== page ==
The infatuation of the sinner is an obvious fact. People may abuse Adam and other agencies tending to sin, as much as they please. Yet they cannot help knowing that this infatuation is a matter of their own, and that whatever relation it may bear to any other beings or agencies in the universe, themselves alone are to blame for their own sin. They inwardly know that they are the sole authors of their own sin, how much so ever other agencies may have been its occasions and temptations. The dreadful infatuation lives and reigns in their own souls. Suppose you were to see thousands of people rushing towards and over a precipice, and should also see all sorts of influences thrown in their way to stop them; fathers and mothers rushing in before them with imploring cries, beseeching them to stop — pleading, rebuking, yet all in vain; on they go, and over, and down, down they plunge, with eyes wide open; how astonishing! Whole oceans of men, rushing down the steep of death — an army of maniacs! No wonder that when Christians get their eyes open to this fearful scene, they almost die! They would if they were long subjected to this dreadful view without some sort of alleviation. You hear them saying, “Lord, I shall surely die unless Thou interpose to save these sinners, or in some way relieve me from this dreadful position of seeing souls perish before my very eyes!”
How shocking to hear sinners claim that they are doing about right, while yet they live in utter sin against God and the Lamb! They claim that they have none but honorable feelings and sentiments, and even talk of their moral honesty! What a burlesque upon the truth is all such talk as this! Especially, how strange is it that such sinners should set themselves up for reformers! There is something supremely ridiculous in these pretensions to be reformers. They, who have not the first particle of genuine benevolence — who can rob God of everything they owe Him, yet profess to love the poor slave and the poor inebriate! How deep does this love go down? Is there any moral bones in it at all? If I am morally honest, can I rob and abuse my own mother? Having done just this and all this, can I then turn around and make pretensions to honor and propriety? Yet the sinner, having robbed God all his life-time, pretends to honor, and even to practice, righteousness!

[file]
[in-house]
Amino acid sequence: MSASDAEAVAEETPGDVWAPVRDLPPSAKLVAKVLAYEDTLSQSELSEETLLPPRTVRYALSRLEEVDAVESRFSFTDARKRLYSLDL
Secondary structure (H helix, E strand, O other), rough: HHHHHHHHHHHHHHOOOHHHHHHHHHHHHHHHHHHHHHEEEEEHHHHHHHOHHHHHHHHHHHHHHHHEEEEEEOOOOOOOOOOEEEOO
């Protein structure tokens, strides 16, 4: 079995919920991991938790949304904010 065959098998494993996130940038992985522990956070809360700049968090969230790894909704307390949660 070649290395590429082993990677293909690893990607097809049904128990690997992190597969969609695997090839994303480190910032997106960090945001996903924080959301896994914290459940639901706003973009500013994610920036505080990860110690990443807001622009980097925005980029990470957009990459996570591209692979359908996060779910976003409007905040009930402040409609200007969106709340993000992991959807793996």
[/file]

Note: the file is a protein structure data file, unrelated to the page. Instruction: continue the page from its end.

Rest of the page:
When a man has all needful convictions of duty, he is then and thenceforth, without excuse. Every honest man’s position is this: Show me what I ought to do, and I will do it. No other question need be asked than this one — Ought I to do this? This question settled, nothing more is needed. To settle the question of oughtness, and then stop there without doing duty, is to tempt God. It is to provoke Him to consuming wrath! Such a sinner is utterly without excuse. “I know, says he, that I ought to do this.” Then you must do it — as you would be a man, and would acquit yourself of a man’s responsibilities! Say — “Anything that is my duty, I will do at all hazards; if it be my duty, I will begin now!” But to see intelligent and moral beings throw all these obligations and convictions to the winds — how fearful!
For sinners to wait God’s time to repent, is infinitely absurd. God’s time is now; you wait, just to miss His time and provoke Him to deny you any more time at all. You are persuaded of your duty now. What more do you ask of God than this? What more can you in reason desire of God than that He should reveal to you your condition, your peril, your way of escape, and the reasons which urge you to flee for help to the Lamb of Calvary? All this He has done; and now, in tones of love and pity, calls on you to give heed to His call. Will you do it?
Sermon by Charles G. Finney